One of the most serious issues currently facing plant/facility managers across all industries is that of legacy control system migration. What is this all about, and why is it such a serious issue? This post will be the first in a series and will address these specific questions. The term "legacy" was originally used (within the technology environment) to refer to in-place computers and software to distinguish them from newer systems being brought on line. The more contemporary meaning implies technical systems that have reached, or are approaching, the end of their reasonable life cycle, often because hardware elements have been obsoleted by the manufacturer (think no more availability of spares or replacements) or because software is no longer being supported with upgrades. By some counts, approximately $65 billion of process control systems, both PLC and DCS, fit this definition. Challenges Presented by Legacy SystemsFactors that need to be considered in determining a migration strategy include the following:
- Discontinued hardware: When manufacturers discontinue a product, that means production of that item ends. The only access to replacement hardware becomes the secondary market of used items, such as e-Bay. These replacements tend to be expensive, and as the supply shrinks, the prices go up. Additionally, even with overnight express shipping, a manufacturing facility can lose a day's worth of production tracking down and ordering replacements, potentially very expensive.
- Unsupported software: It's not uncommon for software producers to stop supporting older versions. Witness the recent announcement from Microsoft that it will stop supporting the Windows 7 operating system. When support ends, it means that bugs will not get fixed, new features will not be added, and help will not be available or will be difficult to come by. This may limit attempts to improve productivity, generate new reports, or expand user seats.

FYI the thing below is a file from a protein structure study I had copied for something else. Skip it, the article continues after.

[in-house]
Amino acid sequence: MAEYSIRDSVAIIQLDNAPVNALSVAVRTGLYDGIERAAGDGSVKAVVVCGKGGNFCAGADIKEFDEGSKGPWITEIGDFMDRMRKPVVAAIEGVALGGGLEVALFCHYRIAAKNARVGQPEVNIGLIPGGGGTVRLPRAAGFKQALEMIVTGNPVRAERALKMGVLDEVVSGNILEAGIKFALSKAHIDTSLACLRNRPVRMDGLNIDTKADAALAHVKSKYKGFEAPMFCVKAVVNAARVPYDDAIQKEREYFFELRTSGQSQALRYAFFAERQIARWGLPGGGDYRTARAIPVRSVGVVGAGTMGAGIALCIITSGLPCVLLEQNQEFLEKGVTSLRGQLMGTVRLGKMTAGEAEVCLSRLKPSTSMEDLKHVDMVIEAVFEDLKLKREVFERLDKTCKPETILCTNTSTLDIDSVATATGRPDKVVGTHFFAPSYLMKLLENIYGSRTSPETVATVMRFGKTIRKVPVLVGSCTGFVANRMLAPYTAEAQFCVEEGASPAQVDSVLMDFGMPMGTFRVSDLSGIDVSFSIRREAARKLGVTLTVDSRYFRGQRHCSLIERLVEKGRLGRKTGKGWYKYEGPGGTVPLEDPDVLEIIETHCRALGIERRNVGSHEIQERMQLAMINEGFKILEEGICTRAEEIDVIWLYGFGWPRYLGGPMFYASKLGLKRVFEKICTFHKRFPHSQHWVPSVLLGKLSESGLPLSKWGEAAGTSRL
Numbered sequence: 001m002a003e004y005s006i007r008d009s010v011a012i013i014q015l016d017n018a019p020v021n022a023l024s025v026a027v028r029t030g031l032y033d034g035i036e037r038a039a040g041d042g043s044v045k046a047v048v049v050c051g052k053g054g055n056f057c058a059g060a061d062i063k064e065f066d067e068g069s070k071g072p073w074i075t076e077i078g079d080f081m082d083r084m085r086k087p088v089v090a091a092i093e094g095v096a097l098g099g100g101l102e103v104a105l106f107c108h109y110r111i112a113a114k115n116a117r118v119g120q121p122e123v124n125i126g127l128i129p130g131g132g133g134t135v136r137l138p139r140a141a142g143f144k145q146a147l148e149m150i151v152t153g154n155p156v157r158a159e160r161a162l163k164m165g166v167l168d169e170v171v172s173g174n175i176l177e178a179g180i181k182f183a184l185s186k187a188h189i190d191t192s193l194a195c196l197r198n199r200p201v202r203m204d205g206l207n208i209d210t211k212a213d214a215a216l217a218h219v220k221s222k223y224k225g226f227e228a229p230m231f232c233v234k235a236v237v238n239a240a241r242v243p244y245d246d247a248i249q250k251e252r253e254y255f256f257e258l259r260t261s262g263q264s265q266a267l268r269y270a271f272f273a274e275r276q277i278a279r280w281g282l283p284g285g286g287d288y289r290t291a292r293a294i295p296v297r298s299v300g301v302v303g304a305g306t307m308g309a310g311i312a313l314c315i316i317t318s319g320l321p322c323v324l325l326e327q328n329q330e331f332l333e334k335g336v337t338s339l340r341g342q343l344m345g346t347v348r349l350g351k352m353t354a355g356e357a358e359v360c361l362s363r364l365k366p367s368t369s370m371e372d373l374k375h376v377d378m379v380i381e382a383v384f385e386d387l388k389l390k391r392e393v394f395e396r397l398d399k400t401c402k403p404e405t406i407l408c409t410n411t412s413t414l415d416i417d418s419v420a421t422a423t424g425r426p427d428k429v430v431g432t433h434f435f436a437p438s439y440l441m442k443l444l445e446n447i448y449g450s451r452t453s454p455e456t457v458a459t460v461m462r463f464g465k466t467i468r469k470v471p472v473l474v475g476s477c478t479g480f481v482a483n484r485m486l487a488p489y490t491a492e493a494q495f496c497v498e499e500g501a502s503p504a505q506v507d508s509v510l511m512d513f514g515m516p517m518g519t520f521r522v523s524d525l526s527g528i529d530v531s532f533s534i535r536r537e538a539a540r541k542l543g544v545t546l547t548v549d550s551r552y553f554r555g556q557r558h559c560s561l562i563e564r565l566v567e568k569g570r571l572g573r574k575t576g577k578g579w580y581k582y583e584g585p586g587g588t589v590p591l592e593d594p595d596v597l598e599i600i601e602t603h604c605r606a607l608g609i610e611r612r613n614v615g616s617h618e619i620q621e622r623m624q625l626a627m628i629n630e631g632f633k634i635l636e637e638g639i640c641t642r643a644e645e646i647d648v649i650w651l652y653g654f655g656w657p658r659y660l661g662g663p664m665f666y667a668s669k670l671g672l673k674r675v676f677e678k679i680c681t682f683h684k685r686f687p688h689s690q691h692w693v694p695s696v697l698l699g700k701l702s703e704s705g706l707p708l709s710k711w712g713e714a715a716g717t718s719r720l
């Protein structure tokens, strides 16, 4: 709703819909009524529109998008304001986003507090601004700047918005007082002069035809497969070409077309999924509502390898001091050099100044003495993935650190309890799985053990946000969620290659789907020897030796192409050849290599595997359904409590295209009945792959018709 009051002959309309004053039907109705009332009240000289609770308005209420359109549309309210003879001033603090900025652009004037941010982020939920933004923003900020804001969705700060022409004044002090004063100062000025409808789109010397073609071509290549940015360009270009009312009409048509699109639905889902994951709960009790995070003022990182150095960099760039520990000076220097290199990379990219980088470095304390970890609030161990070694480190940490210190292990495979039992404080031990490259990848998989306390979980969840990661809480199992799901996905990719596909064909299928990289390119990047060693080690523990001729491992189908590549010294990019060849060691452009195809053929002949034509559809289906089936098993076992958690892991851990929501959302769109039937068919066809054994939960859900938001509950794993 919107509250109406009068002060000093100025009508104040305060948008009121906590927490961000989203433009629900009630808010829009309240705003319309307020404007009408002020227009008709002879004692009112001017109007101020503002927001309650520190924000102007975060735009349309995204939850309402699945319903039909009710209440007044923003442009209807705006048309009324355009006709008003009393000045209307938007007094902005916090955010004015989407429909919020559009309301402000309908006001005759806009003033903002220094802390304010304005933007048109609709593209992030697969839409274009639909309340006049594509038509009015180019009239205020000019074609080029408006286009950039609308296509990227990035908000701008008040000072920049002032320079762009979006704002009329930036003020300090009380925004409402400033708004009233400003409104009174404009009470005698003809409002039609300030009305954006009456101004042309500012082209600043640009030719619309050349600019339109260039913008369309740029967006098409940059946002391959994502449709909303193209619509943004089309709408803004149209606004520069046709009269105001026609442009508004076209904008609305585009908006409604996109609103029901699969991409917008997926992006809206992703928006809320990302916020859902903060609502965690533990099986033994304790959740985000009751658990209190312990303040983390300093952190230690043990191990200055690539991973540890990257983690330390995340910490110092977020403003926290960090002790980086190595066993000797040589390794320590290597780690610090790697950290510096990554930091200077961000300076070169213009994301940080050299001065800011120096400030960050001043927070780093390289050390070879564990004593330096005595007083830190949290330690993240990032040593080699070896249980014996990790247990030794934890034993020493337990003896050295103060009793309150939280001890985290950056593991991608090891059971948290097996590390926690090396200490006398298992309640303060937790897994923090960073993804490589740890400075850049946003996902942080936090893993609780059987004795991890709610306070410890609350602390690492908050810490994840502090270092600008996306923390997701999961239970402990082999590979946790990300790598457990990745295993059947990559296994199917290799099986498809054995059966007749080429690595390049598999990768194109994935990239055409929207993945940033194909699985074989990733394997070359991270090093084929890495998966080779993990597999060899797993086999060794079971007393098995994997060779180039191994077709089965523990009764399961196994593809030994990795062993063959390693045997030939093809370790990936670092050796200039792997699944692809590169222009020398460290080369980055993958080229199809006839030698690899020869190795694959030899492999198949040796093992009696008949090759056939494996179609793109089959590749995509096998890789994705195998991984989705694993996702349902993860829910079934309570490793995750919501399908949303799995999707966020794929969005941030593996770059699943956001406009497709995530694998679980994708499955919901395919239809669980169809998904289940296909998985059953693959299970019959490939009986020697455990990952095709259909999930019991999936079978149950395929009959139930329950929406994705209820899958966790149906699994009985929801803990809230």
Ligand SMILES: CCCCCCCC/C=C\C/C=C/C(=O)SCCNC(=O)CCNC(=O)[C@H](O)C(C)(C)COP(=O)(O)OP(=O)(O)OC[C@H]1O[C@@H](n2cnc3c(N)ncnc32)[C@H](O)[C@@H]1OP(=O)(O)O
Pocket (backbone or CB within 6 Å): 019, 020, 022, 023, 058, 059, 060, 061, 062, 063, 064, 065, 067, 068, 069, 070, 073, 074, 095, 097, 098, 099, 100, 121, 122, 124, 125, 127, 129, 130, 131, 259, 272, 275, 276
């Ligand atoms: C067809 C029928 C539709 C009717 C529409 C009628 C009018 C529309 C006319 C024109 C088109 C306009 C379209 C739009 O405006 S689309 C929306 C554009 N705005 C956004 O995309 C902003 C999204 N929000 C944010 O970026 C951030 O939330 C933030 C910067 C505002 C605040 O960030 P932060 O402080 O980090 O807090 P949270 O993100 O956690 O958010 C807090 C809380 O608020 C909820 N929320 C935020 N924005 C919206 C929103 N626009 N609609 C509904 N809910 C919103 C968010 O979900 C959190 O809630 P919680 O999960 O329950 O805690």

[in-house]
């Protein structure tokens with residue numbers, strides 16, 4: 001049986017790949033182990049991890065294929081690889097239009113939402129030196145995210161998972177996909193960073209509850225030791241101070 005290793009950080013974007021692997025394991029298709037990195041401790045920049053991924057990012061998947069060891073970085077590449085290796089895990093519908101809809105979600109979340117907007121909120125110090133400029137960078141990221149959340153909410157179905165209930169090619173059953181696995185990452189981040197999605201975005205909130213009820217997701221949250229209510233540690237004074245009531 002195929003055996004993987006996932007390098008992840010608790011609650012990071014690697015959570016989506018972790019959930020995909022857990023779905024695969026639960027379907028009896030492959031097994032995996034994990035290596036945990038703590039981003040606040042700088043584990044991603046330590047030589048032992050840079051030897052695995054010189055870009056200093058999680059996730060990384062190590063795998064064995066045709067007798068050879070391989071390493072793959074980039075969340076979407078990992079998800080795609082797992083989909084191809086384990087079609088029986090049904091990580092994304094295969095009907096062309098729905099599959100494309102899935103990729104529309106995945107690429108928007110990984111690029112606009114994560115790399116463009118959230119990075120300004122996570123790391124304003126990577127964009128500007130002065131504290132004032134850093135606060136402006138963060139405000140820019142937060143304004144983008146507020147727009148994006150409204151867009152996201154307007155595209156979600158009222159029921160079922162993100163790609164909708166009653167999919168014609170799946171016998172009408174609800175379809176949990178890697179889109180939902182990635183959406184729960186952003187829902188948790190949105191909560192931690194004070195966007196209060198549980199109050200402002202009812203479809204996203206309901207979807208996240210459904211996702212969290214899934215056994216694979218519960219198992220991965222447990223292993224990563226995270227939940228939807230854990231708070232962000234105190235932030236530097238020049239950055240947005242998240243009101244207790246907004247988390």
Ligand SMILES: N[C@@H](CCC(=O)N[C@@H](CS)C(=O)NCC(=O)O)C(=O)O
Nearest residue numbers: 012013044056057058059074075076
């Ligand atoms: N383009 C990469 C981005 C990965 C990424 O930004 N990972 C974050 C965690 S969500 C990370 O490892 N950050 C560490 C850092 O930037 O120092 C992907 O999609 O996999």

- Security: Many legacy systems were installed long before the advent of widespread connectivity and the rise of almost recreational hacking. These system are generally lacking in basic security features needed to deter hackers, making them vulnerable to data theft and disruption of operation.
What is Migration? We typically think of migration as meaning complete system replacement. While this is the case more often than not, particularly if the fundamental issue is that of discontinued hardware, migration can involve upgrades of system sub-units, software replacement, or phased, as opposed to wholesale, replacement. The correct strategy for your situation will depend on the details of your particular system. Part II of our Legacy Control System Migration series will address migration strategies in more detail. Stay tuned. In the meantime, if you feel the time is right to start addressing your legacy control system issues, please contact us to learn more about our experience with multiple platforms and strategies and what we can offer in the way of turn-key migration services.